The job market may have turned choppy for university graduates, but Singapore Institute of Technology (SIT) students who graduated at the end of last year have kept their heads well above the water.
SIT graduates continued to enjoy good job prospects, comparable with those of peers from other universities here, the university's latest graduate employment survey released yesterday showed.
Almost 90.5 per cent of SIT graduates secured jobs within six months of completing their degree courses, with 83 per cent of them securing full-time jobs.
Their median gross monthly salary increased to $3,055 last year, up from $3,000 in 2014.
While SIT was set up only in 2009, its overall employment rate is higher than the 89.5 per cent for graduates from the older universities, which released their yearly survey results in March this year.
But the salary level of SIT graduates is lower than the $3,300 median monthly salaries earned by fresh graduates from the National University of Singapore, Nanyang Technological University and Singapore Management University.
It shows that we are on the right track to meet Singapore's industry and manpower needs. To this end, we will continue to offer specialised, applied degree programmes which are industry-relevant, as well as produce graduates who are imbued with the SIT DNA and are well prepared to contribute to the 'future-proofing' of Singapore.
ASSOCIATE PROFESSOR IVAN LEE, SIT vice-president (Industry & Community).
The release of SIT's latest graduate employment survey - only its second - comes as official figures released earlier this month show that job vacancies continue to fall, as job seekers outstrip job openings for the first time since June 2012.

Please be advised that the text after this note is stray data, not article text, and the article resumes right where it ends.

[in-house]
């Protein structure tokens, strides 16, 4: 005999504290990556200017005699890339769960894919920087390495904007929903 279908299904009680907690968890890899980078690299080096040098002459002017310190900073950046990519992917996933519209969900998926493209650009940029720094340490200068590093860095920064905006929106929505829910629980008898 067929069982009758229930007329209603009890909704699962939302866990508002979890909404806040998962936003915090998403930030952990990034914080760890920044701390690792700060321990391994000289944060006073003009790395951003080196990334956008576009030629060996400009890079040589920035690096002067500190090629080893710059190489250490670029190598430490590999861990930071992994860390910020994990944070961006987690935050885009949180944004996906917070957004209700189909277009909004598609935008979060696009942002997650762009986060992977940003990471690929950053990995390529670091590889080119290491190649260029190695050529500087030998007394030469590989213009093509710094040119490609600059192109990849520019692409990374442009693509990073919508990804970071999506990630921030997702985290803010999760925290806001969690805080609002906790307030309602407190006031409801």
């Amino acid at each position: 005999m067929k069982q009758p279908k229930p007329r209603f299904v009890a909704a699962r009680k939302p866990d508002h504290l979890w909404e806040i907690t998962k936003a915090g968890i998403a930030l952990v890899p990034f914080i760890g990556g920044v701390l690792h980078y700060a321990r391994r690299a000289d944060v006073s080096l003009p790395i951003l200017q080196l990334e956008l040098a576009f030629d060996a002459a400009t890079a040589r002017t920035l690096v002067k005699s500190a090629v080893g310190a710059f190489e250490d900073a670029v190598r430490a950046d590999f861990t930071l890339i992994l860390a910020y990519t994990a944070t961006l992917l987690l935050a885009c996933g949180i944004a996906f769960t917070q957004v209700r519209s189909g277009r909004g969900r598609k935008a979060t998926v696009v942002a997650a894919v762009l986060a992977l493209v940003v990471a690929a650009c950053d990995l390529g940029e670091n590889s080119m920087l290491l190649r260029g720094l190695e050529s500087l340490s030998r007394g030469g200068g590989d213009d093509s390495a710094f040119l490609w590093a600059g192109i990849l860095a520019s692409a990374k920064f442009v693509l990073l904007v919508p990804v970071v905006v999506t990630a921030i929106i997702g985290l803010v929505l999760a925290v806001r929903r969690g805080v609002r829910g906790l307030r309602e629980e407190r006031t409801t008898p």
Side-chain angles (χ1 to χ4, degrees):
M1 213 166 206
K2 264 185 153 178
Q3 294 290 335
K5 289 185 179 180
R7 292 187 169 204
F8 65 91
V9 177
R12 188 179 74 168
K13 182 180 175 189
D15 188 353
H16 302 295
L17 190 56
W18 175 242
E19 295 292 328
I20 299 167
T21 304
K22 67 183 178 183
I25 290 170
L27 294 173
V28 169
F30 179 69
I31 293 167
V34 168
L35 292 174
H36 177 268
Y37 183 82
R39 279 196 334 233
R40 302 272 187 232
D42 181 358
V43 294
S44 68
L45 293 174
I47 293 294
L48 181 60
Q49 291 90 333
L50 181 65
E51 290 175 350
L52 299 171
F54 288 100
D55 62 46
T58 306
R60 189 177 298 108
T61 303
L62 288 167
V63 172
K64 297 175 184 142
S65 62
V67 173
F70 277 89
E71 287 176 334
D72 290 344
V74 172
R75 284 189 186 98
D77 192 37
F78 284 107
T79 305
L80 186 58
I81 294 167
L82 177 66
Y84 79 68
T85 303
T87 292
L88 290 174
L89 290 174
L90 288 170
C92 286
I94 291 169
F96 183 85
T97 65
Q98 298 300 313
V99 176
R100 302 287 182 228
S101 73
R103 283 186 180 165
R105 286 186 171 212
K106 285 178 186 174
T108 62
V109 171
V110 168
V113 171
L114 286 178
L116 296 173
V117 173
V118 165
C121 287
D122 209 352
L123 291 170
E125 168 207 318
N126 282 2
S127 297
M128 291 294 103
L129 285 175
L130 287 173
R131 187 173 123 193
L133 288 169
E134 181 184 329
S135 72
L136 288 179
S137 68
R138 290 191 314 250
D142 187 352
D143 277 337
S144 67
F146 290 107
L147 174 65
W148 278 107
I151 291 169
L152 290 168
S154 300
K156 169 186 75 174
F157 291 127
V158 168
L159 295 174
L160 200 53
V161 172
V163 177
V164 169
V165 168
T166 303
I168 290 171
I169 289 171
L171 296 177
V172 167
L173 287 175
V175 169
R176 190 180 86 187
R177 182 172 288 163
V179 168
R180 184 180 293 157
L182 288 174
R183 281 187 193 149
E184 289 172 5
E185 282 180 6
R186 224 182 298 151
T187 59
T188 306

The rise in unemployment hit resident degree holders the hardest. Their unemployment rate rose to 4.3 per cent in June, from 3.5 per cent in the same period last year - the highest level since 2009.
At SIT, the starting salaries and employment rate of its graduates differ across industries, the survey showed.Those who studied culinary arts had a high - 92.6 per cent - job rate but their median monthly salary was lower than those of other courses, at $2,400.
In comparison, allied health professionals enjoyed good job and salary prospects.
The median gross monthly salary for SIT's nursing graduates was $3,615, while the other allied health graduates, including those with physiotherapy degrees, earned median gross monthly salaries of between $3,125 and $3,488.
The university this year launched new allied health degrees, including radiation therapy, where there is demand for specialists, given the rapidly ageing population of Singapore.
Associate Professor Ivan Lee, SIT's vice-president (Industry and Community), said he was encouraged by the survey results, which affirm the university's applied learning approach and emphasis on being industry-relevant.
He said: "It shows that we are on the right track to meet Singapore's industry and manpower needs.
"To this end, we will continue to offer specialised, applied degree programmes which are industry-relevant, as well as produce graduates who are imbued with the SIT DNA and are well prepared to contribute to the 'future-proofing' of Singapore."
The survey included graduates from SIT's 10 overseas university partners in 28 degree programmes.
Around 79 per cent of SIT's cohort of 1,363 fresh graduates participated in the survey conducted from March to May this year.
Mr Adam Kee Yong Han, 26, who graduated with a first-class honours degree in diagnostic radiography, received a scholarship for his university studies.
He was sponsored by the Ministry of Health Holdings and had a job waiting for him at Singapore General Hospital upon graduation.
Mr Kee, whose mother, a ward clerk, influenced him into going into the allied health field, said: "It is good to be in a profession which is in demand. I find the job interesting and fulfilling."